Hooray for Mississippi: A judge threw out an attempt by Mississippi’s liquor cops to stop residents from receiving wine from out-of-state retailers and wine clubs. It’s a ruling that could be significant in the continuing fight over three-tier reform. The Associated Press reports that a Rankin County judge dismissed the state’s lawsuit, though his written ruling offered few details. It’s another blow to state attempts, says the story, in restricting direct to consumer wine sales.

wine tourism conference

More evidence that Drink Local is here to stay

drink localThe Winestream Media continues to say nice things about regional wine and Drink Local

The irony is not lost on those of us who endured the slings and arrows of the Winestream Media a decade ago when we said Drink Local and the idea of regional wine mattered. Today, mainstream wine publications, on- and off-line, are racing to see who can hype local the most.

So allow me a smile. And I promise not to say I told you so too loudly, or to say it too often. Right, Dave?

This summer, it seemed like everyone from the Guild of Sommeliers to a trade magazine run by the people who do the Wine Spectator have waxed poetic about local wine. Plus, I’ve been told that a major wine website, run by a big-name critic, is doing a huge blowout about regional wine this fall. Plus, these:

Vinepair’s screaming headline especially pleased my inner cranky newspaperman: “Your Guide to the Finger Lakes, the Most Exciting Wine Region on the East Coast of America.”

• SevenFiftyDaily, an on-line trade magazine, has discovered Texas wine: “Why Cotton Farms in West Texas are becoming vineyards.”

• The Guild of Sommeliers has run one piece and is doing another, both written by the very knowledgeable Jessica Dupuy (full disclosure: she interviewed me for the second story). They look at “emerging American wine regions.”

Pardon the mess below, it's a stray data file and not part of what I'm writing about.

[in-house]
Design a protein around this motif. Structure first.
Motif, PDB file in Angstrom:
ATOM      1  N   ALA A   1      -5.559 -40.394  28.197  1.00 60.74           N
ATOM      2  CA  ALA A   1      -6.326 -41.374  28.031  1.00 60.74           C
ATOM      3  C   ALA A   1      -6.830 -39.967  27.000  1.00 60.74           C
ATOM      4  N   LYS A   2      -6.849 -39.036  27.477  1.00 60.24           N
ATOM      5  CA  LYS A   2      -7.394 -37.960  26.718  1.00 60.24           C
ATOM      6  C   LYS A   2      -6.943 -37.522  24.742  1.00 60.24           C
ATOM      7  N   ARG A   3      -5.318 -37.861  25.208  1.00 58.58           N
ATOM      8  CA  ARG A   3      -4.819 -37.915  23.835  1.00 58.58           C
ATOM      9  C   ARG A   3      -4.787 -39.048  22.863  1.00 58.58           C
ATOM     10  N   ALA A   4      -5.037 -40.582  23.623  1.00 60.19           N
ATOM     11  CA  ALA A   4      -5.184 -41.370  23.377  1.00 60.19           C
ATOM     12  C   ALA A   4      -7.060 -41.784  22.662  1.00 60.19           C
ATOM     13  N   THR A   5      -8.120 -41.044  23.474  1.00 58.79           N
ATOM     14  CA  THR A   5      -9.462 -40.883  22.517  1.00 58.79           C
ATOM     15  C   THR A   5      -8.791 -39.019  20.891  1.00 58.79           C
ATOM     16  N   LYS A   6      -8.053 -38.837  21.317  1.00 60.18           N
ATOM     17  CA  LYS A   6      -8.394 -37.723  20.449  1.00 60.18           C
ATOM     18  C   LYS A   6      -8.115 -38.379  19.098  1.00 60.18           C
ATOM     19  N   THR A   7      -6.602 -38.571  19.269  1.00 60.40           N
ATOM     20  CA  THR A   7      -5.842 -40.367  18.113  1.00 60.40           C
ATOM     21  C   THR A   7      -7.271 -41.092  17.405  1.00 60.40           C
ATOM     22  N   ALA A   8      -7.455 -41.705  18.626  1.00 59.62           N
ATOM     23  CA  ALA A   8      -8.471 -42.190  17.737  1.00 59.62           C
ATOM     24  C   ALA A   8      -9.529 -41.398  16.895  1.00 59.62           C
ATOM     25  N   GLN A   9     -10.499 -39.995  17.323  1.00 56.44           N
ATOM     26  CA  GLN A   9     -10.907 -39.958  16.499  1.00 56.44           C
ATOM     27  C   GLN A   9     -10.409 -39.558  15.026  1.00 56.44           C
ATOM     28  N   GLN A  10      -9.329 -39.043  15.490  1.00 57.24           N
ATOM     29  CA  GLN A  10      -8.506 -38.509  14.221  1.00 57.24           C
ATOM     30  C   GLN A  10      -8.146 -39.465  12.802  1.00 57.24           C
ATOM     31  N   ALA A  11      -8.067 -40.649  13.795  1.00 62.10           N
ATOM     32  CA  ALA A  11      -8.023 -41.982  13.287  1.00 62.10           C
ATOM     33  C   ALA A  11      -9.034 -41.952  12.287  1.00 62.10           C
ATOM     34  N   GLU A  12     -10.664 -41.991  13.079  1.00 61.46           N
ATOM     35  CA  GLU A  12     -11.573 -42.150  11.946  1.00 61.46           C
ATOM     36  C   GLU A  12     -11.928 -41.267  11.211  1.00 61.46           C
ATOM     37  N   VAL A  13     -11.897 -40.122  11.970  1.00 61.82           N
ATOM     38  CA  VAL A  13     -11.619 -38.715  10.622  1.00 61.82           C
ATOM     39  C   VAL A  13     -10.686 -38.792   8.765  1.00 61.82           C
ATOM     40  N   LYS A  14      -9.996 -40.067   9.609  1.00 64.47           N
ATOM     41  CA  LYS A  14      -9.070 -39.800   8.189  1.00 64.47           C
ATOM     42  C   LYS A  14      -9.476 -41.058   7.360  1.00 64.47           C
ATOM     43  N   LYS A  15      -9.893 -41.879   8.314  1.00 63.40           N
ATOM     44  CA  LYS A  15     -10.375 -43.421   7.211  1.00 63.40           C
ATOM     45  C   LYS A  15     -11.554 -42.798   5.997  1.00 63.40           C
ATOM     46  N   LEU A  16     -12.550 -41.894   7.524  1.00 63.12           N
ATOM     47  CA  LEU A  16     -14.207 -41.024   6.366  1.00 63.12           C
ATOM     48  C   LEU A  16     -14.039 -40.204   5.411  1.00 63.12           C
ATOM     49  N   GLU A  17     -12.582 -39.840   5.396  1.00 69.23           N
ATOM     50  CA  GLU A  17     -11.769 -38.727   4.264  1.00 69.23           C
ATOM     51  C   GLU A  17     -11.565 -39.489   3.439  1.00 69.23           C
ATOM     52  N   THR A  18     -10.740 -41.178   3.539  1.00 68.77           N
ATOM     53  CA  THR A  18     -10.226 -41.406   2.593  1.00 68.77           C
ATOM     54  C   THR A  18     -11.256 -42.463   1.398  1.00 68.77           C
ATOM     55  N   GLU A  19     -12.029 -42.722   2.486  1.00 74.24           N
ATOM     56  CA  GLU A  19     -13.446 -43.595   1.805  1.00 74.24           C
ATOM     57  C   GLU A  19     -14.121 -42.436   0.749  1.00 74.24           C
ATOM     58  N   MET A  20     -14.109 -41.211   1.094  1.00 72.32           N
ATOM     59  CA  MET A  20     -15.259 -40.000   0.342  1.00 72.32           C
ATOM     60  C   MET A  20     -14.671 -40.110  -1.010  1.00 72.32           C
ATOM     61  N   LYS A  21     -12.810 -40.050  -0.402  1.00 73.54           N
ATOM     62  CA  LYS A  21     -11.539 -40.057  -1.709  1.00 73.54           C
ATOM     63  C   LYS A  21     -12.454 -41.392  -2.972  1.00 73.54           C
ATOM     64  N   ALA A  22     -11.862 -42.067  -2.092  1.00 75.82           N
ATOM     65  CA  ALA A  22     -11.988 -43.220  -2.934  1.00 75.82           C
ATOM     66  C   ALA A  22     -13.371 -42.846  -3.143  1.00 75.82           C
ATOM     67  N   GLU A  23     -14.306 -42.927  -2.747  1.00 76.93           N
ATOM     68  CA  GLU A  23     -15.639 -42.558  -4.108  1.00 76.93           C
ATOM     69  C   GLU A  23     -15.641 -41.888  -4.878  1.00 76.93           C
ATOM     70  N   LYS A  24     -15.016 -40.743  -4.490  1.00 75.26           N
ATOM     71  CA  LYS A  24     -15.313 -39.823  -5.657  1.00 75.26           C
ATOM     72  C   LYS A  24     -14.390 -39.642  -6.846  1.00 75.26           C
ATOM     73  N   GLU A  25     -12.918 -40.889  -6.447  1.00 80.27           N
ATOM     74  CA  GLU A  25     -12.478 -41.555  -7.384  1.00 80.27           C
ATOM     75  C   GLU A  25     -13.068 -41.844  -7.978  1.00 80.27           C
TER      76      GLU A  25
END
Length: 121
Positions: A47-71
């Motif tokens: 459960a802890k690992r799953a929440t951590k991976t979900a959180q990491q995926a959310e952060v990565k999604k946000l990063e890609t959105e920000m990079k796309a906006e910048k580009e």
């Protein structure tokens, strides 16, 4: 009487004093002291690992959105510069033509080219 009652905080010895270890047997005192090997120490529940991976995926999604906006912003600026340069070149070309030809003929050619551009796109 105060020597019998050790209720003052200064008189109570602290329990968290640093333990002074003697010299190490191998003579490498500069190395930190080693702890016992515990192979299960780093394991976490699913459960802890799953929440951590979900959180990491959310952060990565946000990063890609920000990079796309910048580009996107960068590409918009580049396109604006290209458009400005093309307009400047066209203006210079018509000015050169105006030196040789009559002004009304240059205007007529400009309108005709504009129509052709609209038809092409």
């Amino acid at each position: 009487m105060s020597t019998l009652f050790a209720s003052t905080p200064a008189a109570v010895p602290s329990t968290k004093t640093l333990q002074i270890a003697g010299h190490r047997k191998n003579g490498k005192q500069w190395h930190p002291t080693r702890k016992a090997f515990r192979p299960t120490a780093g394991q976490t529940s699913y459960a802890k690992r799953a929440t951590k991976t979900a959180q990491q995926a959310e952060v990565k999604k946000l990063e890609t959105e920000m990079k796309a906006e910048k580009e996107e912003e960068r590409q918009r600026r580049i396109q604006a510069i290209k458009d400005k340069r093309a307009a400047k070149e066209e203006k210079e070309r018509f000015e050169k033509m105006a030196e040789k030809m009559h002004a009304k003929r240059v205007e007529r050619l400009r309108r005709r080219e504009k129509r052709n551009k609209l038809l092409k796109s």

• The Los Angeles Times found out that Colorado had wine, which surprised the writer given the state’s reputation for craft beer.

Finally, my favorite regional wine story was in Market Watch, a trade magazine owned by the same company as the Spectator and notorious for its parochial, New York-centered view of the world (which I know because I used to write for it). The story looked at Texas wine; that it did speaks volumes about how far we’ve come in convincing people that Drink Local is a legitimate part of the wine business.

Winebits 537: Good news – and a conundrum – for regional wine

regional wineThis week’s wine news: A regional wine roundup, featuring more deserved good news and one intriguing conundrum

Bring on the regional wine: Jessica Dupuy, perhaps the top regional wine writer in the country, tells Sommelier’s Guild readers that “While California, Washington, and Oregon continue leading in both sales and overall familiarity, an exponential increase in wine production and vineyard plantings in New York, Virginia, Pennsylvania, Michigan, and beyond has started to paint a more definitive picture of the future of American wine.” Her best bests for top regional wine? Texas, Michigan, Arizona, Colorado, and New York.

Bring on Michigan wine: Paul Vigna, another top regional wine journalist, agrees about Michigan: “Now I’m a believer, having tried samples of everything from still wines to sparkling, including Cabernet Sauvignon, Syrah and Gewurztraminer.” This is no surprise to those of who have followed the state’s success, despite weather that doesn’t always cooperate and the state’s up and down economic climate.